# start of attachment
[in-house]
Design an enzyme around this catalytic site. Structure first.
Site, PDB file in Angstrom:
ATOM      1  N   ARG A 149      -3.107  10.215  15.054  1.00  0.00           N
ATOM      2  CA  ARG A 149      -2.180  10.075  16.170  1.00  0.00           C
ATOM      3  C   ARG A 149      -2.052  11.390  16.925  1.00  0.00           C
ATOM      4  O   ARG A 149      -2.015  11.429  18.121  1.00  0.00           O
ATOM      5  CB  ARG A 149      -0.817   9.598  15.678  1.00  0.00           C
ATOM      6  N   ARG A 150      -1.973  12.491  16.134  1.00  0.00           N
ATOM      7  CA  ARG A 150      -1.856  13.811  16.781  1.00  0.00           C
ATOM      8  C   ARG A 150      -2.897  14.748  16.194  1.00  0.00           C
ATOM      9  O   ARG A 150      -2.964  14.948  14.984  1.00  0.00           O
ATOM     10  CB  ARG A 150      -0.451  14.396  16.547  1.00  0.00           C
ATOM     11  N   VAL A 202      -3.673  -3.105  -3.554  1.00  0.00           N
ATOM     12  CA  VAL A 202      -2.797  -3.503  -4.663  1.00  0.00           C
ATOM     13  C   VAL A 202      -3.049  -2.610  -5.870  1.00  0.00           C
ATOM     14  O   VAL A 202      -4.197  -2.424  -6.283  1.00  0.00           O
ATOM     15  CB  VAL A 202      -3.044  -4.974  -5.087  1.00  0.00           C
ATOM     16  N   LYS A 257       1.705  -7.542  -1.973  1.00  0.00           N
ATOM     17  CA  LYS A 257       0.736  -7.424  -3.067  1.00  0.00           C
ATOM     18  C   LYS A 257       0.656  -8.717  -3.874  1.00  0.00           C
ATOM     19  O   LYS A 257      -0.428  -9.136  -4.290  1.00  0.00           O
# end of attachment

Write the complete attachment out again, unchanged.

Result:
[in-house]
Design an enzyme around this catalytic site. Structure first.
Site, PDB file in Angstrom:
ATOM      1  N   ARG A 149      -3.107  10.215  15.054  1.00  0.00           N
ATOM      2  CA  ARG A 149      -2.180  10.075  16.170  1.00  0.00           C
ATOM      3  C   ARG A 149      -2.052  11.390  16.925  1.00  0.00           C
ATOM      4  O   ARG A 149      -2.015  11.429  18.121  1.00  0.00           O
ATOM      5  CB  ARG A 149      -0.817   9.598  15.678  1.00  0.00           C
ATOM      6  N   ARG A 150      -1.973  12.491  16.134  1.00  0.00           N
ATOM      7  CA  ARG A 150      -1.856  13.811  16.781  1.00  0.00           C
ATOM      8  C   ARG A 150      -2.897  14.748  16.194  1.00  0.00           C
ATOM      9  O   ARG A 150      -2.964  14.948  14.984  1.00  0.00           O
ATOM     10  CB  ARG A 150      -0.451  14.396  16.547  1.00  0.00           C
ATOM     11  N   VAL A 202      -3.673  -3.105  -3.554  1.00  0.00           N
ATOM     12  CA  VAL A 202      -2.797  -3.503  -4.663  1.00  0.00           C
ATOM     13  C   VAL A 202      -3.049  -2.610  -5.870  1.00  0.00           C
ATOM     14  O   VAL A 202      -4.197  -2.424  -6.283  1.00  0.00           O
ATOM     15  CB  VAL A 202      -3.044  -4.974  -5.087  1.00  0.00           C
ATOM     16  N   LYS A 257       1.705  -7.542  -1.973  1.00  0.00           N
ATOM     17  CA  LYS A 257       0.736  -7.424  -3.067  1.00  0.00           C
ATOM     18  C   LYS A 257       0.656  -8.717  -3.874  1.00  0.00           C
ATOM     19  O   LYS A 257      -0.428  -9.136  -4.290  1.00  0.00           O